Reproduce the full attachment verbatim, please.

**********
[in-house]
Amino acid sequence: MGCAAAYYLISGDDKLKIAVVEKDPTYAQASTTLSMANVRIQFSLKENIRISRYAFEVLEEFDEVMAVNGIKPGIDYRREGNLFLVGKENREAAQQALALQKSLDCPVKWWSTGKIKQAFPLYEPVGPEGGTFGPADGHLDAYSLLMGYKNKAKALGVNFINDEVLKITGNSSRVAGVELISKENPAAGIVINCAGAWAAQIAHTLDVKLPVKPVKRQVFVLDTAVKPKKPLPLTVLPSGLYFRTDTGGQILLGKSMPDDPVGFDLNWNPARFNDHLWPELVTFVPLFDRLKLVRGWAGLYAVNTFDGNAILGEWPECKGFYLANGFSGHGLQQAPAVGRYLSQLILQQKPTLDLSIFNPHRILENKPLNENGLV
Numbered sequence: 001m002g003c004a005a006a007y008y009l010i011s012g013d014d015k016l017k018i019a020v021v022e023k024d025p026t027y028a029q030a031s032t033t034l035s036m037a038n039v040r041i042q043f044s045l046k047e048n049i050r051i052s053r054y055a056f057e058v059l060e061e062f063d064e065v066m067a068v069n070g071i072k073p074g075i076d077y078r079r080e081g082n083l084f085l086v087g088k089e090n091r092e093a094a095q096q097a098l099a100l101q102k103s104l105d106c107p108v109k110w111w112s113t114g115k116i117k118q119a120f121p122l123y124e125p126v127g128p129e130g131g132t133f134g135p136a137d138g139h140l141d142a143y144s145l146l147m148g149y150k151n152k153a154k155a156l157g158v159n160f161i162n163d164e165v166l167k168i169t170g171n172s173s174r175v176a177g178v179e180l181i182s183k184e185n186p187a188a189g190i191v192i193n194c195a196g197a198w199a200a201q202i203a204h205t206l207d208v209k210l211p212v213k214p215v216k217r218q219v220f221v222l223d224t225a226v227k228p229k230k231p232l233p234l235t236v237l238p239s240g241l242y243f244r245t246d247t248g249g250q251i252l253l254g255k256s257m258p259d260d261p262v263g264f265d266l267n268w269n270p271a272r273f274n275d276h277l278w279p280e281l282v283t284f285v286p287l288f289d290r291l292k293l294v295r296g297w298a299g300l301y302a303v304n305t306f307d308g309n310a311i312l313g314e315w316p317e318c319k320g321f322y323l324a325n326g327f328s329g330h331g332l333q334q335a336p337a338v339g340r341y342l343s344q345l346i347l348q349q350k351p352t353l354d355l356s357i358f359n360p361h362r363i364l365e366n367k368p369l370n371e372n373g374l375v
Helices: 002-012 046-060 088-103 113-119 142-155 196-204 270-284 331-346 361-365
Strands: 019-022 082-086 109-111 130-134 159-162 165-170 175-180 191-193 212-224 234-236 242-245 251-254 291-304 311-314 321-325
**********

[in-house]
Amino acid sequence: MGCAAAYYLISGDDKLKIAVVEKDPTYAQASTTLSMANVRIQFSLKENIRISRYAFEVLEEFDEVMAVNGIKPGIDYRREGNLFLVGKENREAAQQALALQKSLDCPVKWWSTGKIKQAFPLYEPVGPEGGTFGPADGHLDAYSLLMGYKNKAKALGVNFINDEVLKITGNSSRVAGVELISKENPAAGIVINCAGAWAAQIAHTLDVKLPVKPVKRQVFVLDTAVKPKKPLPLTVLPSGLYFRTDTGGQILLGKSMPDDPVGFDLNWNPARFNDHLWPELVTFVPLFDRLKLVRGWAGLYAVNTFDGNAILGEWPECKGFYLANGFSGHGLQQAPAVGRYLSQLILQQKPTLDLSIFNPHRILENKPLNENGLV
Numbered sequence: 001m002g003c004a005a006a007y008y009l010i011s012g013d014d015k016l017k018i019a020v021v022e023k024d025p026t027y028a029q030a031s032t033t034l035s036m037a038n039v040r041i042q043f044s045l046k047e048n049i050r051i052s053r054y055a056f057e058v059l060e061e062f063d064e065v066m067a068v069n070g071i072k073p074g075i076d077y078r079r080e081g082n083l084f085l086v087g088k089e090n091r092e093a094a095q096q097a098l099a100l101q102k103s104l105d106c107p108v109k110w111w112s113t114g115k116i117k118q119a120f121p122l123y124e125p126v127g128p129e130g131g132t133f134g135p136a137d138g139h140l141d142a143y144s145l146l147m148g149y150k151n152k153a154k155a156l157g158v159n160f161i162n163d164e165v166l167k168i169t170g171n172s173s174r175v176a177g178v179e180l181i182s183k184e185n186p187a188a189g190i191v192i193n194c195a196g197a198w199a200a201q202i203a204h205t206l207d208v209k210l211p212v213k214p215v216k217r218q219v220f221v222l223d224t225a226v227k228p229k230k231p232l233p234l235t236v237l238p239s240g241l242y243f244r245t246d247t248g249g250q251i252l253l254g255k256s257m258p259d260d261p262v263g264f265d266l267n268w269n270p271a272r273f274n275d276h277l278w279p280e281l282v283t284f285v286p287l288f289d290r291l292k293l294v295r296g297w298a299g300l301y302a303v304n305t306f307d308g309n310a311i312l313g314e315w316p317e318c319k320g321f322y323l324a325n326g327f328s329g330h331g332l333q334q335a336p337a338v339g340r341y342l343s344q345l346i347l348q349q350k351p352t353l354d355l356s357i358f359n360p361h362r363i364l365e366n367k368p369l370n371e372n373g374l375v
Helices: 002-012 046-060 088-103 113-119 142-155 196-204 270-284 331-346 361-365
Strands: 019-022 082-086 109-111 130-134 159-162 165-170 175-180 191-193 212-224 234-236 242-245 251-254 291-304 311-314 321-325